HCMC Dining Guide

Saturday, August 10, 2013

Hitting the road: Ha Giang to Yen Minh

We arrived in Ha Giang town, which is 320 km (200 miles) north of Hanoi, after a seven hour bus ride up from Vietnam's capital. The town, the capital of Ha Giang province, was bustling in the early evening, with plenty of trucks and minibuses trundling down the main drag. We had begun the bus trip at the rapidly-growing western edge of Hanoi's urban sprawl and ended in a town surrounded by low mountains. I contacted a Vietnamese guy named Johnny who lives there and rents out bikes, letting him know that we would need two for the following morning. Somewhat worryingly, Johnny said his wife would be sorting the bikes out for us, as he had been in a serious accident and was in the hospital. So the guy who is the expert was in a crash - not exactly what we wanted to hear before setting off into unknown territory.

The next morning we met up with Johnny's wife and she showed us the selection of bikes on offer. Neither Anthony or I know how to drive a fully manual bike, and luckily there were two green Minsk rip-offs that were semi-manual, just like our bikes in Saigon. We drove back to our hotel, strapped our bags to the bikes,  filled up on gas and headed north out of town, excited to see what was in store.
My bike at the edge of Ha Giang town.
The bikes had thick, knobby tires and were far heavier than the Waves we are used to riding, so getting a feel for them took a little while. Turning took a bit more effort, and the road felt different under those wheels. The throaty rumble coming from the exhaust pipe sure was nice though.

The road, called Highway 4C, ran along a muddy river through a valley running out of town. Low clouds and mist obscured the tops of most of the mountains. Soon the road began climbing up onto the Dong Van plateau through a series of tight switchbacks. This is where we first realized that the bikes were actually rather underpowered for their size. I went up the first couple of rises in third gear, only to end up crawling to the next curve. Soon enough we got into the rhythm, clicking down into second as a turn approached, feeding in the gas as we rounded the curve, and then gunning it up the incline, a satisfying roar trailing behind us. The view at the top of the climb amazed us, but by the end of the trip this would become a fairly pedestrian panorama.

The road then spat us out onto a small plateau, where sat a miserable looking town of squat concrete buildings, before immediately climbing up further. The tarmac was slick with moisture, thanks to the light rain that had fallen earlier and the ever-present mist of northwest Vietnam. Fortunately our tires had all kinds of grip, so traction was never an issue. We dropped into Quan Ba, the first sizeable town of the day, and stopped for lunch. A friendly waiter who obviously wanted to practice his English helped us out, though I had been eager to use my Vietnamese.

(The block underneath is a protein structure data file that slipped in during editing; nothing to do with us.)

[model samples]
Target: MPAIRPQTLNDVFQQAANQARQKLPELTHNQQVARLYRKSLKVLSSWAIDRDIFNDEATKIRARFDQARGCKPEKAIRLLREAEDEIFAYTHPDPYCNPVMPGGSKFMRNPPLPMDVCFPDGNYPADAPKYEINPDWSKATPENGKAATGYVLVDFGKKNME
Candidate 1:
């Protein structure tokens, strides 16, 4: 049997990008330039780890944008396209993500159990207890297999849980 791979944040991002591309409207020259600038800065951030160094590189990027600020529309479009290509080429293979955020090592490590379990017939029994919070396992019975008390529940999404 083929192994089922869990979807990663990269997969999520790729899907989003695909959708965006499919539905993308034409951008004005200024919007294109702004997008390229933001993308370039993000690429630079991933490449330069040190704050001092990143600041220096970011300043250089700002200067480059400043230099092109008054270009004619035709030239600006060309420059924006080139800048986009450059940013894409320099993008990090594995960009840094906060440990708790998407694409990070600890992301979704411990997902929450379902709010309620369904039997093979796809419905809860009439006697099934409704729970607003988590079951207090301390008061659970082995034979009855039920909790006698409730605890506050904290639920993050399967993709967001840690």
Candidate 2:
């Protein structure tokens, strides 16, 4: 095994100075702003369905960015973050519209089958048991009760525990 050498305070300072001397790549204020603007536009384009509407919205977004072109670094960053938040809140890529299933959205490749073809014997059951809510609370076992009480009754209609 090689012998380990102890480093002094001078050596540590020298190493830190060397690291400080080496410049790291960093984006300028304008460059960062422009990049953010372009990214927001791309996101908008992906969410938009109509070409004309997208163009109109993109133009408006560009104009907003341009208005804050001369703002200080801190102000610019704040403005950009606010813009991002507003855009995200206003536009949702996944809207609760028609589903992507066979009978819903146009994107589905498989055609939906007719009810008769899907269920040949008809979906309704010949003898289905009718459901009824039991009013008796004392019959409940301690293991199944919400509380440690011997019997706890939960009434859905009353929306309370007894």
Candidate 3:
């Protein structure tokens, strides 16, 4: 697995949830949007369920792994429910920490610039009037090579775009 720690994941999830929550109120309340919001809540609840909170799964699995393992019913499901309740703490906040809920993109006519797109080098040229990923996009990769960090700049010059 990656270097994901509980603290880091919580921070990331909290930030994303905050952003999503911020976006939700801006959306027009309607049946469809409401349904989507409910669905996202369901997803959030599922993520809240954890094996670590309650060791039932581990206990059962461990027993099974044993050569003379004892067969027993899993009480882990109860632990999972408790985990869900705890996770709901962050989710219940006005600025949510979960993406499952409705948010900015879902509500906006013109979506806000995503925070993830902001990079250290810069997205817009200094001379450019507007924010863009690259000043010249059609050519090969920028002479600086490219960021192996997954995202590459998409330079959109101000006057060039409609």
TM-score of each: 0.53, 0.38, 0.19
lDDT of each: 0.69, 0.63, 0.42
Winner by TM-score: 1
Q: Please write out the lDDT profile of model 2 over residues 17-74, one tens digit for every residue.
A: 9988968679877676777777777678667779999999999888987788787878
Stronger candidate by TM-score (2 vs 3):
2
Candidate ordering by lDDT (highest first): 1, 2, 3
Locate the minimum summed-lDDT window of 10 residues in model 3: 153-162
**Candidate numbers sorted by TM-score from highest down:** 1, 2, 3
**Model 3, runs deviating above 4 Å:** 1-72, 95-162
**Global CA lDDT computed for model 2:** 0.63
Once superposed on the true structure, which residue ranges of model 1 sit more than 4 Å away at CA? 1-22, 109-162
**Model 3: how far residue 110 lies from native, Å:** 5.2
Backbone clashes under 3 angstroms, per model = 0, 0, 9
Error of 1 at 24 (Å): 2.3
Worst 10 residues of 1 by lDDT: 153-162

View before the descent into Quan Ba.

We blasted out of town on a flat, broad stretch of road before spiralling further downhill on a series of tight hairpins. Ramshackle houses surrounded by chickens lined the way, and we began noticing people wearing the traditional outfits of the ethnic minority groups that populate this corner of Vietnam. Corn fields and rice paddies fanned out into a narrow valley with a river running through it. We reached the end of the descent and entered the valley, where the mountains that hemmed it in reached up into the mist.

The valley was followed by more tight climbing, and eventually the road opened up onto some amazing scenery, with low hills spreading into jagged lines of mountains. Pine trees covered this area, adding a scent to the air that you don't get very often in Vietnam. We were becoming more comfortable with the bikes by the minute, eating up corners, gunning down straights and carving up anything slower than us. The sun was out, and the driving was glorious.
The only obstacles were the occasional herds of goats and cows sauntering down the road. Children waved as we drove by, and adults looked confused. There's no such thing as tourism as Ha Giang province. This exhilarating stretch of driving brought us to another spot overlooking a town nestled at the bottom of a valley. This had become the pattern: hit a town, climb out of it, drop back down into another, repeat. This was Yen Minh, our destination for the day.
The descent was a rough, dusty one thanks to construction, and we rolled into town around 3pm, dirty and a bit sweaty but already in love with our bikes (who we had decided to name Tobias and Gob, two characters from Arrested Development) and the driving. We checked into one of the only guesthouses in town, and from our room we could see karsts exploding out of the earth on the edge of town.
After decompressing we wandered around town, had a great dinner, and had a man offer us prostitutes through a very graphic hand gesture. We declined and retired for the night after a great first day on the road.

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